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    (Original post by Teaddict)
    This is why this whole climate change thing could be worth a bit of money to the UK. Although I despair at the idea of the UK investing billions into using "green" technologies as a means of generating power, I actually think it would be a good idea to invest billions into developing a sector in this country for it. In other words, produce the goods but don't use them. Other countries are foolishly trying to meet targets for climate change and we should make money from it.
    I agree with this. I wouldn't look at it as 'climate change' technology, it's an issue of renewable technology v non-renewable technology. Fossil fuels are going to run out and we are running out of oil in the North Sea anyway, so developing renewables puts us one step ahead of the game, in the end everybody will have to move towards renewables as extraction costs rise and the scarce fossil fuels become more and more expensive. This is going to happen whether climate change is true or a load of crap.

    Ironically China, who are the world's big polluters, seem to have switched on to the idea of getting a lead in investing in green technologies. I doubt they have suddenly become influenced by the environmentalist movement, so the fact China has taken an interest suggests to me there's more behind it than just environmental lobbying.
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    (Original post by MagicNMedicine)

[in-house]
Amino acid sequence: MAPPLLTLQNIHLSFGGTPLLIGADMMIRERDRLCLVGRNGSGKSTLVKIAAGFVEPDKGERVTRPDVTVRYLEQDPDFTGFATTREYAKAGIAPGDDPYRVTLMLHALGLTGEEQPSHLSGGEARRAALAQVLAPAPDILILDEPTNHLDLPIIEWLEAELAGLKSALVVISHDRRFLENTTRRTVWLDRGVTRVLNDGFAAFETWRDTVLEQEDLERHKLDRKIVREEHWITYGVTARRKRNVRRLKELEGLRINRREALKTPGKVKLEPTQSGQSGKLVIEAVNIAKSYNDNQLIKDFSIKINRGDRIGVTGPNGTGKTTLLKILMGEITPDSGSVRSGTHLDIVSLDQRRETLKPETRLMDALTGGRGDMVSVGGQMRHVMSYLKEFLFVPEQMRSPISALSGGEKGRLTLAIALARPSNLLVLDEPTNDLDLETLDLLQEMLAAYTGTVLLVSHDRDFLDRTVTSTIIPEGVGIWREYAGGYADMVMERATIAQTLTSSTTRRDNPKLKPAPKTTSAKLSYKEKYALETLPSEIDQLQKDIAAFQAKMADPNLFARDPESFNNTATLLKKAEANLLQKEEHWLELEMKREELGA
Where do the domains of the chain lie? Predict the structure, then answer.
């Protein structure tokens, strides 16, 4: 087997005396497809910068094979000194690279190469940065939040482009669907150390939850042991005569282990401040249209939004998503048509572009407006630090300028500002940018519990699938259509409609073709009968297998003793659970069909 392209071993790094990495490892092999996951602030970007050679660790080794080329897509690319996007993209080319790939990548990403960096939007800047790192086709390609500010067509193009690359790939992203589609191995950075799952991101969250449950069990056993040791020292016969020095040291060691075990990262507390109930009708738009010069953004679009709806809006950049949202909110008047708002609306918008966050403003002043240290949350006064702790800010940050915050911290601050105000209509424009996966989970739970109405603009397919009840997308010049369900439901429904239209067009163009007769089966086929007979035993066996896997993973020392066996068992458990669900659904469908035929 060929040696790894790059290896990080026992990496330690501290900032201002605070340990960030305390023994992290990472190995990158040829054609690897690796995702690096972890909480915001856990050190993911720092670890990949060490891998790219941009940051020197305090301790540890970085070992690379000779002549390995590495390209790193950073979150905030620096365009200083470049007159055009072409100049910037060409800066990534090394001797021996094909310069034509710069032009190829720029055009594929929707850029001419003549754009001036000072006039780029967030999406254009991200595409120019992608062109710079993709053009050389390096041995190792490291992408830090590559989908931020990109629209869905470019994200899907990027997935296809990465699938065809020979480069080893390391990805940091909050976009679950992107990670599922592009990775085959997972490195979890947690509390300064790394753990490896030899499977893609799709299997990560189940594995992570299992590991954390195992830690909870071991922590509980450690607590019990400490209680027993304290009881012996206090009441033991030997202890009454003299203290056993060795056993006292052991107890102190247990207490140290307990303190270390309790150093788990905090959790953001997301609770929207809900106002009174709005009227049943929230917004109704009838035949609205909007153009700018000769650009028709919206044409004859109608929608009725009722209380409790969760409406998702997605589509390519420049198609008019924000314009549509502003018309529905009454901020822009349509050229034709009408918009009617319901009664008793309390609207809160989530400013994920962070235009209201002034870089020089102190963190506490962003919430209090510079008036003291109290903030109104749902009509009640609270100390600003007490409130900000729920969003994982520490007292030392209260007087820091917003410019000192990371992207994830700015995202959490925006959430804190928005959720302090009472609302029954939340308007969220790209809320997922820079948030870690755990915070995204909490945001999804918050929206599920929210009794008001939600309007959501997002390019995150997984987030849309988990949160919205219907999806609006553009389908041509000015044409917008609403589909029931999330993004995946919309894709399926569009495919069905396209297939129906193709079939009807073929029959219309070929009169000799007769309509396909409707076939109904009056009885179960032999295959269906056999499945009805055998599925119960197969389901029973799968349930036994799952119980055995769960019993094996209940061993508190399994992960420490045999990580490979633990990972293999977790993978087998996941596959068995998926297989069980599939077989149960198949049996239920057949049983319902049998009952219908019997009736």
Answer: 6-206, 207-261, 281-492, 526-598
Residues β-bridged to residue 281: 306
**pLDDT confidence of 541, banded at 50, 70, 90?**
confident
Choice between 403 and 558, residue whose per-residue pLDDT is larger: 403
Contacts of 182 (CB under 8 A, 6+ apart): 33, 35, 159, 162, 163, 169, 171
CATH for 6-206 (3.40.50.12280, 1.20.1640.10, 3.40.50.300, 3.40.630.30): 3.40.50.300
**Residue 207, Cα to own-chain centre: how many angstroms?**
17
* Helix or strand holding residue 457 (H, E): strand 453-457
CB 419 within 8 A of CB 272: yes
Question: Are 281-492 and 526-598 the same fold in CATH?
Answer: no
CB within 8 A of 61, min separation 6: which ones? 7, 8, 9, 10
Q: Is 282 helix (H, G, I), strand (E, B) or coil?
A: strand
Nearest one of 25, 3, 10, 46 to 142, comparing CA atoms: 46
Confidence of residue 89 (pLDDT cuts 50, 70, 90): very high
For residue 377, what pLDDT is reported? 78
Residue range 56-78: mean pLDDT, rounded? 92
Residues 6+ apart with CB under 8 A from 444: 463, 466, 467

I agree with this. I wouldn't look at it as 'climate change' technology, it's an issue of renewable technology v non-renewable technology.
    Indeed but the issue of climate change has hastened the response to energy provision and the desire for renewable energies. But then again, for all intents and purposes, I would consider waste incineration a renewable energy.

    Fossil fuels are going to run out and we are running out of oil in the North Sea anyway, so developing renewables puts us one step ahead of the game, in the end everybody will have to move towards renewables as extraction costs rise and the scarce fossil fuels become more and more expensive. This is going to happen whether climate change is true or a load of crap.
    Absolutely - the issue is what do we replace fossil fuels with? I for one cannot imagine generating the bulk of our power from renewables such as wind and solar; both of which are poor methods of generating power.

    Ironically China, who are the world's big polluters, seem to have switched on to the idea of getting a lead in investing in green technologies. I doubt they have suddenly become influenced by the environmentalist movement, so the fact China has taken an interest suggests to me there's more behind it than just environmental lobbying.
    Indeed. China has also made a break for Thorium-based nuclear power plants - something we should also be doing. I think more investment in fusion would be a good idea as well - there are projects going on, but shamefully they have been impacted by the spending cuts.